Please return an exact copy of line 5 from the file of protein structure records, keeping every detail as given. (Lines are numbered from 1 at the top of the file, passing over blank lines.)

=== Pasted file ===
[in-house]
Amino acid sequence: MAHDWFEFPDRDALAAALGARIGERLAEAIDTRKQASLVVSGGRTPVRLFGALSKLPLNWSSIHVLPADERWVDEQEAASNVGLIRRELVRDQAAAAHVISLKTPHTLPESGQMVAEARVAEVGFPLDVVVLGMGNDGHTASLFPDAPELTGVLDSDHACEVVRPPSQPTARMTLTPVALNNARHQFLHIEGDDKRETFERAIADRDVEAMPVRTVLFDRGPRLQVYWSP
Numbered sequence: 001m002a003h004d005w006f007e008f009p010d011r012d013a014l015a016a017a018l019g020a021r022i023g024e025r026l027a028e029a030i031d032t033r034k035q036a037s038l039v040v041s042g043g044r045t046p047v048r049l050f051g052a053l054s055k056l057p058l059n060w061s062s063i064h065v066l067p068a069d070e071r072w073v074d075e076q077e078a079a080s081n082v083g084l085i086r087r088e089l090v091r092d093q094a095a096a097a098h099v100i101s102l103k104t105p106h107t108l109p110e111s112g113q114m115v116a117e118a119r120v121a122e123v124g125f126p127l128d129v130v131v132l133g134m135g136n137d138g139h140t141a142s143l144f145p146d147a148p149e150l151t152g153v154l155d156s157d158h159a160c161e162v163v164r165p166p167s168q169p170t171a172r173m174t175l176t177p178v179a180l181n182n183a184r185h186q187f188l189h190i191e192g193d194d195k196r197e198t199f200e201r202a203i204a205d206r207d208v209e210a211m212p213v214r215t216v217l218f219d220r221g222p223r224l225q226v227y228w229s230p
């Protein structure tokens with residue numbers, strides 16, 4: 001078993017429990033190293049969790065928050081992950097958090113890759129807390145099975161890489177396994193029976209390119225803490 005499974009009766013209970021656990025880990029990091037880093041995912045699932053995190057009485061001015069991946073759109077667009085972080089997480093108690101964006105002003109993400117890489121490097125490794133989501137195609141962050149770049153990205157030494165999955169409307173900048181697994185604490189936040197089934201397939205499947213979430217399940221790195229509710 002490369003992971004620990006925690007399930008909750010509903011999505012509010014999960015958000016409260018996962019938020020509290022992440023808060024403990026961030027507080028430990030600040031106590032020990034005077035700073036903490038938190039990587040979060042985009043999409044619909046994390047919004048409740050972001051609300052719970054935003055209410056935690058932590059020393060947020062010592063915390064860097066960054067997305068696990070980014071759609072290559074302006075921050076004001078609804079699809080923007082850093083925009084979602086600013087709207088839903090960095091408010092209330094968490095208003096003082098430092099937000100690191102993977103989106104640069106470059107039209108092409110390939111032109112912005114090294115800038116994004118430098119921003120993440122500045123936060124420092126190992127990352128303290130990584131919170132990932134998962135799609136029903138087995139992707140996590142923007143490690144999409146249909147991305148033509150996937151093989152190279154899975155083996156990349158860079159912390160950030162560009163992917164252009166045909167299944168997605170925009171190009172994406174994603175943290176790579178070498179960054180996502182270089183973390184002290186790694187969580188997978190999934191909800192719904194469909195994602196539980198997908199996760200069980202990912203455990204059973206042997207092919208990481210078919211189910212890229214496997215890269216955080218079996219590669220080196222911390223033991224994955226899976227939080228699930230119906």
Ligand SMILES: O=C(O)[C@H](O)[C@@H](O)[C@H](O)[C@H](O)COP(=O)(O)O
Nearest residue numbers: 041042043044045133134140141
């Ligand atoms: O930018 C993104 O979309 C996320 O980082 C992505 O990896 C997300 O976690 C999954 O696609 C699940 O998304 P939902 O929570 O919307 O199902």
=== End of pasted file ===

Ligand SMILES: O=C(O)[C@H](O)[C@@H](O)[C@H](O)[C@H](O)COP(=O)(O)O